Sweet clover, long popular as food for grazing animals, is used medicinally as well. It contains various substances in the coumarin family. These chemicals are thought to help strengthen the walls of blood and lymph vessels. However there is no more than preliminary evidence that sweet clover is effective for any medical condition. In addition, use of sweet clover presents some safety concerns. (See Safety Issues for more information.)
Sweet Clover and Its History
The name Melilotus originates from the Greek word for honey, meli , and a term for clover-like plants, lotos . There are four common species in this genus of Eurasian origins: Melilotus alba , M. indica , M. officinalis , and M. altissimus .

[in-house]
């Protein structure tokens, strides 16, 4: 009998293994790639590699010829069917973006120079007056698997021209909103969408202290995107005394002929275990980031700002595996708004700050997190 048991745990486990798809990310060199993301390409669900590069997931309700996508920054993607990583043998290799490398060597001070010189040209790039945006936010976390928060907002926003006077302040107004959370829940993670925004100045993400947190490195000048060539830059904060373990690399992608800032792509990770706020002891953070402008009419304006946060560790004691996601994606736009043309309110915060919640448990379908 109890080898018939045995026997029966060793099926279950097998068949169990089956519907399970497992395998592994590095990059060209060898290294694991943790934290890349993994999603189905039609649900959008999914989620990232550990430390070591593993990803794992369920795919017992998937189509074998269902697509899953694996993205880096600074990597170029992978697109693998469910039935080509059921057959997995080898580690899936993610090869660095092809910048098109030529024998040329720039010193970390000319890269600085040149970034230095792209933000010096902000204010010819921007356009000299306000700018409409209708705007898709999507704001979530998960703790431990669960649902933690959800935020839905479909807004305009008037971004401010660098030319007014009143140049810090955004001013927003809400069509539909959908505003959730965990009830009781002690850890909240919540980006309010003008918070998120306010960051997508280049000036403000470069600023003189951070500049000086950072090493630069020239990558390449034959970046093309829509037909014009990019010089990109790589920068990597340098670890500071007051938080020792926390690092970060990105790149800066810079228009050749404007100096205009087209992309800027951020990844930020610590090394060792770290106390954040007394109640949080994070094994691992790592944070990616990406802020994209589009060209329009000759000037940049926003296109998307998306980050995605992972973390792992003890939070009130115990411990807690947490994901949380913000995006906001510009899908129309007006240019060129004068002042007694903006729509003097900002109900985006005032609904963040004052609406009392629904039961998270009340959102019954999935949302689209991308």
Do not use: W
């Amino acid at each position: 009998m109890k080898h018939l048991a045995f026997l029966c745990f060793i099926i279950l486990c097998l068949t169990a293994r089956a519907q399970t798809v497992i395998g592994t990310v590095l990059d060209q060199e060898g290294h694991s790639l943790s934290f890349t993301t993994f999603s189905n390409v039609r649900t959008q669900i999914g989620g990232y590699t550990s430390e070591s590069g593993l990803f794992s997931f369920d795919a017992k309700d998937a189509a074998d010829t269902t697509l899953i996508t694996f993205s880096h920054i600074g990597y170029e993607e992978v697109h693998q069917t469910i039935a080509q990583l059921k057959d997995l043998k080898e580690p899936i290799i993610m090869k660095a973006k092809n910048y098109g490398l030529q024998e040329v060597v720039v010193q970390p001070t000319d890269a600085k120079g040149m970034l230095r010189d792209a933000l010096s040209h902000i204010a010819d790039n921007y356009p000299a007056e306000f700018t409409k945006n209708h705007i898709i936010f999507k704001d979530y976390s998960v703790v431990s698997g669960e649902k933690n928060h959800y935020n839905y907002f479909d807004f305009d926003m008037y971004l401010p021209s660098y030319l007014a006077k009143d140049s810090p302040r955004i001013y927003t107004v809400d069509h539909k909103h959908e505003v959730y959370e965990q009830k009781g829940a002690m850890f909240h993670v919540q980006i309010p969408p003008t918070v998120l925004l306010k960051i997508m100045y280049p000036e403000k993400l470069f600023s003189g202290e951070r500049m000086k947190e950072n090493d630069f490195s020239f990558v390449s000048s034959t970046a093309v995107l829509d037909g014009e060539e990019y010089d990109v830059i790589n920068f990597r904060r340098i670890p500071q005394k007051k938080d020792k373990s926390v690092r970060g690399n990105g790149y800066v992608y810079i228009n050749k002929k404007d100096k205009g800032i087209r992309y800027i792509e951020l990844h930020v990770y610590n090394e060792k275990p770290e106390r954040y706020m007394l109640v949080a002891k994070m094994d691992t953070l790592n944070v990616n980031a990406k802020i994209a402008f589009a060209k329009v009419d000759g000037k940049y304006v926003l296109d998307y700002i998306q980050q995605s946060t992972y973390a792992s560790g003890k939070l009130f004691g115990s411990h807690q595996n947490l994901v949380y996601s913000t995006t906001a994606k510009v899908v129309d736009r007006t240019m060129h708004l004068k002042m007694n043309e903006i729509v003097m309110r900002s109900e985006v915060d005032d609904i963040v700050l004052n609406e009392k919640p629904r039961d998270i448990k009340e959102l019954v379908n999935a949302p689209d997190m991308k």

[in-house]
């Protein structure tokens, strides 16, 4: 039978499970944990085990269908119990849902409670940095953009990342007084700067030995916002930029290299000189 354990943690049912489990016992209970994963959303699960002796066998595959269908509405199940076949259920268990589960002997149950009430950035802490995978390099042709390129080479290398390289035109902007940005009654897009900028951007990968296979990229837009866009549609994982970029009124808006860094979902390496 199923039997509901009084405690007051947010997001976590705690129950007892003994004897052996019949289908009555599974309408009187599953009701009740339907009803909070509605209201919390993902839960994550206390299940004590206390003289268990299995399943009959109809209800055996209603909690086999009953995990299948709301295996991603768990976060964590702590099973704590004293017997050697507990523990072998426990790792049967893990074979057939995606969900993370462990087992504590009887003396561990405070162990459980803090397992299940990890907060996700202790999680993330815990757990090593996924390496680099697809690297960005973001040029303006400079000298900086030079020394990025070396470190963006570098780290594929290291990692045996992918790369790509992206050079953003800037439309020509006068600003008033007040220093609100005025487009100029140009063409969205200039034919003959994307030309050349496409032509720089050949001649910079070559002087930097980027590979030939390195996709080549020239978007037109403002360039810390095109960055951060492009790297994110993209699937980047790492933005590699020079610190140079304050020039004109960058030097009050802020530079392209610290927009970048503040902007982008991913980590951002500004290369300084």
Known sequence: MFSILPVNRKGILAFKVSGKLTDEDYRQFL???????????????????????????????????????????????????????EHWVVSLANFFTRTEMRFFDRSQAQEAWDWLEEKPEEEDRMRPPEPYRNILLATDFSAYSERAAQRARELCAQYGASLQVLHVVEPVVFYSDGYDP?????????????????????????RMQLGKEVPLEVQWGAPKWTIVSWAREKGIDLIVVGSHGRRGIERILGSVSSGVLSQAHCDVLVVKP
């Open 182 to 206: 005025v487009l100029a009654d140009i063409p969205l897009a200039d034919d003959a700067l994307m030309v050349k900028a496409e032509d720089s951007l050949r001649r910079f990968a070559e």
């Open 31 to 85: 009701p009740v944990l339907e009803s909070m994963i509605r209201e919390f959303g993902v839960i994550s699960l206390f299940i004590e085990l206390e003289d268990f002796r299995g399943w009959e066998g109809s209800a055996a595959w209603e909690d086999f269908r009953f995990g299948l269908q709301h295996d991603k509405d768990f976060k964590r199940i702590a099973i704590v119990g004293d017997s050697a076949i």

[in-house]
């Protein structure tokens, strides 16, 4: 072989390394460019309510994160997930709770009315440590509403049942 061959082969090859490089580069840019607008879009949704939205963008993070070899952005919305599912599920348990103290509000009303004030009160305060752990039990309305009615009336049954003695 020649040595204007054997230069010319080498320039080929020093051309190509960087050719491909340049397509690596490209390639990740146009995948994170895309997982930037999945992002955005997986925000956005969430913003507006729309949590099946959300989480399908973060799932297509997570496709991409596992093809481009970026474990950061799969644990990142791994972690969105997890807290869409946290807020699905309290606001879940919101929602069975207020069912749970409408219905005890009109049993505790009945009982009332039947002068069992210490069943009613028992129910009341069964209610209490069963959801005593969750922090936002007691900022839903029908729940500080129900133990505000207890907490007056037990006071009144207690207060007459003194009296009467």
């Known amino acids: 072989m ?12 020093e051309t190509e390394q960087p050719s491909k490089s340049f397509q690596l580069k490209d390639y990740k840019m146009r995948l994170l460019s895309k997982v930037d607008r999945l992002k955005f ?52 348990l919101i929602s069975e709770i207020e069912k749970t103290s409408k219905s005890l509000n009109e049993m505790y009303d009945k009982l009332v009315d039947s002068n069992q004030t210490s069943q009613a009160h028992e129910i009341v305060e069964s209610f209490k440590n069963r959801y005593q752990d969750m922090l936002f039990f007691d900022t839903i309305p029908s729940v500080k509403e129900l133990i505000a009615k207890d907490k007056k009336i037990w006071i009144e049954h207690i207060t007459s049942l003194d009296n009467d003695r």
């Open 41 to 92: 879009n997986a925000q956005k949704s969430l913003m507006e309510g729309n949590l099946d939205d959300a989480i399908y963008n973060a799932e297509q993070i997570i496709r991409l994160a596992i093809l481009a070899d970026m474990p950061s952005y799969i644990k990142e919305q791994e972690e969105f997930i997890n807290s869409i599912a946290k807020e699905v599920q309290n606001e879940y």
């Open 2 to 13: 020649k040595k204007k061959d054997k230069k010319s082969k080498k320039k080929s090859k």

The fresh or dried leaves and flowering stems of sweet clover were traditionally used as a diuretic.
What Is Sweet Clover Used for Today?
The safety of any medicinal use of sweet clover has not been established in humans. Sweet clover contains various substances in the coumarin family. Many (but not all) of these substances thin the blood, and might cause excessive bleeding in some individuals. In particular, sweet clover should not be combined with blood-thinning drugs such as warfarin (Coumadin), heparin or drugs in the aspirin family.
Safety in pregnant or nursing women, young children, or individuals with severe liver or kidney disease has not been established.
Interactions You Should Know About
- Reviewer: EBSCO CAM Review Board
- Review Date: 09/2014 -
- Update Date: 09/18/2014 -